FIG. 7C illustrates a user interface view (700″) which is activated when the user selects a diagnostics tab (730). User interface view 700″ includes a first region with a title for the current objective (731) of “Maximize Profit”, an indicator of the number of items selected (732), a list of the rules applied (733), a bar chart showing the amount of success achieved for each applied rule (734), and an objective value associated with the current solution (735). User interface view 700″ also illustrates a second region (737) with a heading (736) of “Violated Rules”. Inside of the second region (737) is a list of rules that have been violated (e.g., MinMax Facings). User interface view 700″ also illustrates a third region (739) with a heading (736) of “Consequences”. Inside of the third region (739) is a specific instance of items that violated the rule noted in the second region (737).
FIG. 8 is an illustration of a user interface (800) including facility for designing or editing inventory rules for a retail space management system that is arranged in accordance with the present disclosure. Although described with reference to inventory rules, the described user interface is equally applicable to other rule definitions such as business rules, assortment rules, blocking rules and item rules.
User interface view 800 includes a designated location (801) associated with the rule to inform the user of the location of the rule within the repository. In this example, the name of the rule is “3 Days Minimum Supply Rule”, and the location of the rule in the repository is designated by “Location: Macro Space Planning/Business Rules/Optimization/Micro Space Planning/Inventory/Inventory Rules/3 Days Minimum Supply Rule.” Region 802 includes a pull down menu for selecting either the master rule template or a working copy (in this case a working copy). Region 803 includes a list of all Inventory Rules that are currently accessible from the repository. In this example, there are two rules (804, 805) that are classified as inventory rules, which are currently accessible form the repository. Rule 804 is titled “1 Minimum Case Pack Rule”, while rule 805 is titled “3 Days Minimum Supply Rule.”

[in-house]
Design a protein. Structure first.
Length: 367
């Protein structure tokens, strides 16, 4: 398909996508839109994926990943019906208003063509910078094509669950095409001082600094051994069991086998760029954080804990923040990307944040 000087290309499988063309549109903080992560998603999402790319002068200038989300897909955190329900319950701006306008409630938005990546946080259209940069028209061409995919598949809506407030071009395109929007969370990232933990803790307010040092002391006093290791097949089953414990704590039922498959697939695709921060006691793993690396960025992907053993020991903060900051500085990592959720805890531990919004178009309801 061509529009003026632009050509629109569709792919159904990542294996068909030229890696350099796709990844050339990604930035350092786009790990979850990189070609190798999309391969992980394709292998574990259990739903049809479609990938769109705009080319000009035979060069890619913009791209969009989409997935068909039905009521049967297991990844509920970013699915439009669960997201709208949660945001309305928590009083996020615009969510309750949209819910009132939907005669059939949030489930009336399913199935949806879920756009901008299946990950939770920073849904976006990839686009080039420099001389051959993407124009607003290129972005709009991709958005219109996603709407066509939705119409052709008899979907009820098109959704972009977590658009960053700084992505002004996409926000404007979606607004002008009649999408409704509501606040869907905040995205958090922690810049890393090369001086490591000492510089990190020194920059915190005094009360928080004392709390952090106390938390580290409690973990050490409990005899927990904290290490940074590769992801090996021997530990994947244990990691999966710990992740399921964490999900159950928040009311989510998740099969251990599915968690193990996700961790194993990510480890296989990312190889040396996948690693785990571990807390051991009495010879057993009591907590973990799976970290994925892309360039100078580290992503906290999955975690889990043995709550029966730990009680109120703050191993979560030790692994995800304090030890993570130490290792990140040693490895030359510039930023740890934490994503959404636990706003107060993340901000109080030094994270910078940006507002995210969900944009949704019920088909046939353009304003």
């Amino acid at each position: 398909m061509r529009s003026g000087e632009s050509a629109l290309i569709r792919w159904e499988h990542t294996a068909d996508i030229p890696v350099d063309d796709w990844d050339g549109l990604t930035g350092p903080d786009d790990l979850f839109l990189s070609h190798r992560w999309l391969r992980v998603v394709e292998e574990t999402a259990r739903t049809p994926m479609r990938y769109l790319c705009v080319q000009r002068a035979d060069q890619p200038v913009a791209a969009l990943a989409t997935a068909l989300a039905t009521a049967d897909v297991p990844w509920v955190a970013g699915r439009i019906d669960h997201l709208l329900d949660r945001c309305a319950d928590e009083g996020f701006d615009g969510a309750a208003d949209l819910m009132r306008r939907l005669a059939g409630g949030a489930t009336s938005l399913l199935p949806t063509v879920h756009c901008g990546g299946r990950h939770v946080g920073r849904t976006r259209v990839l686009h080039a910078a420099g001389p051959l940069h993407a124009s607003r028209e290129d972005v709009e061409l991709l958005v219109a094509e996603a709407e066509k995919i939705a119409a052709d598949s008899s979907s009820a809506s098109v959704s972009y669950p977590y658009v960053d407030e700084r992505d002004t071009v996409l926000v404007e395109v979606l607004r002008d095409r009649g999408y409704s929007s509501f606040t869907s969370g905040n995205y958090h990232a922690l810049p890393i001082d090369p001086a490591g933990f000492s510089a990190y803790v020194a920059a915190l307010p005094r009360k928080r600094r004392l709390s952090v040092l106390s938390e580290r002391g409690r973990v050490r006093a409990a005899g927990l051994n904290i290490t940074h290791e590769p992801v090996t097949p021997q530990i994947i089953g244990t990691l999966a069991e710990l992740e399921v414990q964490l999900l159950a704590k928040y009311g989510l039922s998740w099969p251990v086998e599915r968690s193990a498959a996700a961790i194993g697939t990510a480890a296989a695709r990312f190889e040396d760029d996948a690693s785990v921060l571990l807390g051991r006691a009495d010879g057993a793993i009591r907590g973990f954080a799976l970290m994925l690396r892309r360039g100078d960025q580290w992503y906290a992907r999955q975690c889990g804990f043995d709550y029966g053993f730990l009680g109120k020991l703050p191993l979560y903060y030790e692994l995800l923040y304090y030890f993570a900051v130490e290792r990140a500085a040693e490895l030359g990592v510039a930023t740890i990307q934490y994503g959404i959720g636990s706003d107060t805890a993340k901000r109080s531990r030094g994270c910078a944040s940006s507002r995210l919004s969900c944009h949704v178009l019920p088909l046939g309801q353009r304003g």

Region 806 corresponds to the template for the currently selected rule. As illustrated, the “3 Days Minimum Supply Rule” includes six fields. The first field (807) corresponds to the name of the rule. The second field (808) corresponds to the type of rule which is designated as “Days of Supply” via a pull-down menu as illustrated. The third field (808) corresponds to a variable associated with this rule, which is this case corresponds to “Minimum number of days supply on shelf” with a value set to 3. The fourth field (810) is a constraint setting for the rule, which is designated as “Can this rule be violated” via a pull-down menu, currently set to Yes.
The fifth field (811) and the sixth field (812) correspond to additional settings associated with the fourth field when the rule can be violated. The fifth field (811) allows the user to enter a penalty factor ranging from 0 to 1 when the rule is violated. The sixth field (812) allows the user to enter the maximum possible deviation from the rule, in this case 0.6. The maximum deviation is contextually related to the variables associated with the rule such as designated by the third field (809). When the optimization engine is unable to achieve a perfect solution to a given scenario, the optimization algorithm will allow this rule to be violated. For the example illustrated in FIG. 8, the variable is a number designating the minimum number of days supply on the shelf as 3, and maximum deviation is 0.6, meaning that a value of 2.4 for this rule will be accepted as a solution to the optimization scenario.
The user interface also includes a user selection button (813) for submitting the modified rule to the system. Once submitted, the rule can be checked for errors. The user interface also includes a set of user selection buttons or links (814) for managing the rule and/or modifying the display region layout. Example buttons or links (814) include “Cancel Edit”, “Cancel Check Out”, “Check In”, “Save”, Split View”, and “Run”. In some instances, a button or link (814) can be used to run a simulation of the rule such as via a “Run” button.
Rules are defined and stored in the repository. Since the repository is shared among many people across the enterprise, safeguard measures must be provided to prevent tampering with rules that are already utilized by other users. As such, each rule in the repository must be “checked out” of the repository when being modified so that no other users in the enterprise can modify the rule at the same time. Once the rule has been modified, the rule can be “check in” to the repository. Region 802 also includes a series of selectable menu choices including “Cancel Edit”, “Cancel Check Out”, “Check In”, “Save”, Split View” and “Run”. Selection of “Cancel Edit” discards any changes made to the current rule. Selection of “Cancel Check Out”